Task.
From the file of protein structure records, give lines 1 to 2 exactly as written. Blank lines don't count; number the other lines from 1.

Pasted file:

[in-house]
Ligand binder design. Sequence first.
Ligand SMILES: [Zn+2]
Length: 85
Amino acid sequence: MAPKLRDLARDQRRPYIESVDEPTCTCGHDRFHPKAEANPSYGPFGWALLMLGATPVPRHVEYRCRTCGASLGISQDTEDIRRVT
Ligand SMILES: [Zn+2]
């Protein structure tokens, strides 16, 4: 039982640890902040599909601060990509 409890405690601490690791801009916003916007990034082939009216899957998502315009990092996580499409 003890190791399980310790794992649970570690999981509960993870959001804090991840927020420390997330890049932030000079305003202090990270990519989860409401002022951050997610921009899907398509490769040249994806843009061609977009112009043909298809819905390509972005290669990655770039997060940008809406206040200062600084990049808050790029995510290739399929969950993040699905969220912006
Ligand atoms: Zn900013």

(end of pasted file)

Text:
[in-house]
Ligand binder design. Sequence first.